I think I understand how they got there. They were trying to find a way to declare the church’s wholesale condemnation of intimate relations between people of the same sex to be confessional. They wanted to end the discussion, cut off the debate: “There, we’ve decided it. Done.” It had been pointed out in several overtures to synod that going down this path was a fool’s errand. What’s confessional in the catechism, as in the other confessions, are the words, not the interpretation. The same is true of the Bible. When we say that the Bible is the Word of God, we are saying that God speaks through these words. Not the words of some commentator, even if we think that commentator is correct in her or his interpretation. So, the committee—the committee of delegates advising the synod in this matter—looked for some earlier ruling that would make their interpretation confessional. They thought they had found it in the decision of Synod 1975, which, on a quick read-through, seemed to say what they wanted it to say. But they were wrong. The 1975 decision does not say that a synodical interpretation of a confession is itself confessional. It says that a synodical interpretation of a confession is just that: a synodical interpretation. It comes with the authority of the synod, not the authority of the confession it interprets.
So, what ought we to do—those of us who believe that same-sex marriage is, indeed, marriage and that sex within it does not fit the catechism definition of unchastity? As I said earlier, I can’t answer that question for you. But, I think, regardless of what you do, gravamen or no, we should insist on our right to criticize the decision of synod. CRC people have always insisted on this right. Respecting synod and agreeing with it are not the same thing. Not at all.
There is deep reason why this is so, a reason that has to do with the nature of confessions. Confessions work not because of synodical rulings but because they in fact speak for us. The “us” is important. Synods don’t so much approve confessions as recognize them. They say for us, in effect, that, that in the confession speaks for all of us.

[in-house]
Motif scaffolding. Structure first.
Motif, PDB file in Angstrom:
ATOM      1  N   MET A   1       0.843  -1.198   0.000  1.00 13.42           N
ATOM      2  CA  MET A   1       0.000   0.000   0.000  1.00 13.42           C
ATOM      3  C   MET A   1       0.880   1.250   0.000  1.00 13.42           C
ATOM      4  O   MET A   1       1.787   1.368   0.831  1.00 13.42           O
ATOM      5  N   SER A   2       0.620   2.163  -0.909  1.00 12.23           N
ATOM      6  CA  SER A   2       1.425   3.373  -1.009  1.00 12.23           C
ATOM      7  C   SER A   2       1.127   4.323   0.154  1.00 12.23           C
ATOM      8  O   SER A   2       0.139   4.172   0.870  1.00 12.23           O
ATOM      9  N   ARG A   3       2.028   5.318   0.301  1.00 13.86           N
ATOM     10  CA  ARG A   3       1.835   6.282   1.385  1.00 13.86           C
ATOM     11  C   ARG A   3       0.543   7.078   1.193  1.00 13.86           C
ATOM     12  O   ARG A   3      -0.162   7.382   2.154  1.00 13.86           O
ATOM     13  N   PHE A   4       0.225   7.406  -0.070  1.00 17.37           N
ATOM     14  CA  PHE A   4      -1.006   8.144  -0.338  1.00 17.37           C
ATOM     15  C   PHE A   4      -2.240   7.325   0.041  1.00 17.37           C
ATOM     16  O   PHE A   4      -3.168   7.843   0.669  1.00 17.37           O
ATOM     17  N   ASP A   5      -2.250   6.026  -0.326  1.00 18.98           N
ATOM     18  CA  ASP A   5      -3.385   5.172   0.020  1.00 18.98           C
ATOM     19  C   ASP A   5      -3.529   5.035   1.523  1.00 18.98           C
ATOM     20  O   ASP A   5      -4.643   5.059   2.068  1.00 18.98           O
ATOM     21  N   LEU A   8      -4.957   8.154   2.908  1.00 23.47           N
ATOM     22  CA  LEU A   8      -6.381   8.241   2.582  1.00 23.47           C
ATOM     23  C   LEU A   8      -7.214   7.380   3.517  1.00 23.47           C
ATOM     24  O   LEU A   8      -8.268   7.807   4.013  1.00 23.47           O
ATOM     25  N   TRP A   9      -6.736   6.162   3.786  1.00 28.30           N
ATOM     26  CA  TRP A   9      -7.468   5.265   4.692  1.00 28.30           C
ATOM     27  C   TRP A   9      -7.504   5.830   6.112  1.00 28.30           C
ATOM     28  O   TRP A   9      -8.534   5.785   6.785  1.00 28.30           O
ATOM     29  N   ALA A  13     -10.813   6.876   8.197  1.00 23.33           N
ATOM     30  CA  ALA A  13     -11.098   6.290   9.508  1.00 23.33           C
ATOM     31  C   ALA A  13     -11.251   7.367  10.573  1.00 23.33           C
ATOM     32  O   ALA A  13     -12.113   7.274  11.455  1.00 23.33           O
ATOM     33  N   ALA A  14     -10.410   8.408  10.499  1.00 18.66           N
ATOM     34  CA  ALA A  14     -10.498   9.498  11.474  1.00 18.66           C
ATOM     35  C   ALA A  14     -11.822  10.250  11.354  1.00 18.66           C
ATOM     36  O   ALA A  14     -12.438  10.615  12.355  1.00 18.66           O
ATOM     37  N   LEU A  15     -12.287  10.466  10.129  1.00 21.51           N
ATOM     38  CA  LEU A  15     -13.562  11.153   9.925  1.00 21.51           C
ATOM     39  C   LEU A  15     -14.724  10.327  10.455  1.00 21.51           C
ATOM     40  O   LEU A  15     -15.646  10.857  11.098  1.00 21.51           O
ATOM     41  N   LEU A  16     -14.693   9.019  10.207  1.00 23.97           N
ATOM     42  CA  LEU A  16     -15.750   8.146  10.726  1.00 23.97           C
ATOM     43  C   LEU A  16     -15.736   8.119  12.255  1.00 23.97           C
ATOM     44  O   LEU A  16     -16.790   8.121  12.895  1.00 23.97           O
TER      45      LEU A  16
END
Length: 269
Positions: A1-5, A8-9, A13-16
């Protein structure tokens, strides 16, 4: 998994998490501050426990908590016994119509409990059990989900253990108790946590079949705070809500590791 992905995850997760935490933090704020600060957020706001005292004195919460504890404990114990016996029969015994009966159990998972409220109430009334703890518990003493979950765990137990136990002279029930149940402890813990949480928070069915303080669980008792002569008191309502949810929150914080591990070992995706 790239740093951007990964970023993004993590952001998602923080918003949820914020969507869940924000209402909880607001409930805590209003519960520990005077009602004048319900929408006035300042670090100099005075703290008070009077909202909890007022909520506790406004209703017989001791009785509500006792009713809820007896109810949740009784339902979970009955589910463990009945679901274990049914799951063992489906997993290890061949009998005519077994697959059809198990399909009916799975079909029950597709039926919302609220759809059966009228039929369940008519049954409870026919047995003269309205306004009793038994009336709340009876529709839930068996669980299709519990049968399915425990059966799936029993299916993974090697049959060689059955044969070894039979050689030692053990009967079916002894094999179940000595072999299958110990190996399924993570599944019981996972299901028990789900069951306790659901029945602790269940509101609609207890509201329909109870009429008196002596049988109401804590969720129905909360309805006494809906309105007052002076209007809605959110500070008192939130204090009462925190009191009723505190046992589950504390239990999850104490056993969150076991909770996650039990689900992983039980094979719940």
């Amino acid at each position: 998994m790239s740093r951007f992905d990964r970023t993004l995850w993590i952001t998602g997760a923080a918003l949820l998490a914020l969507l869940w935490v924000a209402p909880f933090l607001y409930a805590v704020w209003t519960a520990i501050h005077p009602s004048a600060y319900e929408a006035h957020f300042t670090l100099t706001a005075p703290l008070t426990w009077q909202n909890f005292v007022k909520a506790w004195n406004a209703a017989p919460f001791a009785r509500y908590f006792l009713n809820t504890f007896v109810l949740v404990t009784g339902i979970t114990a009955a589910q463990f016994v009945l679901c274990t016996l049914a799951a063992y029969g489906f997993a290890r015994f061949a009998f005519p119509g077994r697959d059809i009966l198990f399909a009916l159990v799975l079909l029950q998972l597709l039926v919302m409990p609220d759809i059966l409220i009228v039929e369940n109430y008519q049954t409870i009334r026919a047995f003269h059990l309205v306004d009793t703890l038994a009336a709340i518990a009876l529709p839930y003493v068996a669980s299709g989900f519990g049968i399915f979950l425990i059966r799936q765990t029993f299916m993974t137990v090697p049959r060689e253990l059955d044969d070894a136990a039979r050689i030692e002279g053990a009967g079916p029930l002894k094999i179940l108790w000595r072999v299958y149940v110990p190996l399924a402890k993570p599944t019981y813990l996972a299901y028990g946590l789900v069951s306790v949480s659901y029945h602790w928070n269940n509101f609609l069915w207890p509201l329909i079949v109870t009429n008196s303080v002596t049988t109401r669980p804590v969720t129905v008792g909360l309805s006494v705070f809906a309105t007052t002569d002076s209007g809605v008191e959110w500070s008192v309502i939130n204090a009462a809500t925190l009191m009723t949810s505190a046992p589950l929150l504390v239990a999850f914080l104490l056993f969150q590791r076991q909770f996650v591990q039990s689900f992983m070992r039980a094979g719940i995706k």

Take the first question and answer of the Heidelberg Catechism, especially the first few lines of it: “What is your comfort in life and death? That I am not my own but belong—body and soul, in life and in death—to my faithful Savior Jesus Christ.” For Reformed Christians everywhere and perhaps even for those who do not identity as Reformed, that speaks for us. It’s our deepest confession. No synod needs to say so.
But what happens if a synod takes a part of a confession and narrows it down to specific and controversial interpretation. The “us” is gone. It no longer speaks for us; it speaks for some of us and not for others. It drives a wedge into denominational life.
Synod 1975 recognized that decisions of that kind are not actually confessional. They don’t express our joint faith. They are, well, synodical rulings. They have the authority of the synod, but not of the confessions. It’s important in this time that we observe this difference between what a synod does and what’s actually confessional.
So perhaps for this time hold your gravamina. And turn your attention instead to the confessions themselves. Ask yourself not how the confessions divide us but how they hold us together. The proof of what’s confessional is that it if its not already it becomes the glue that holds us together. Wait and see if the decisions of Synod 2022 can meet that test.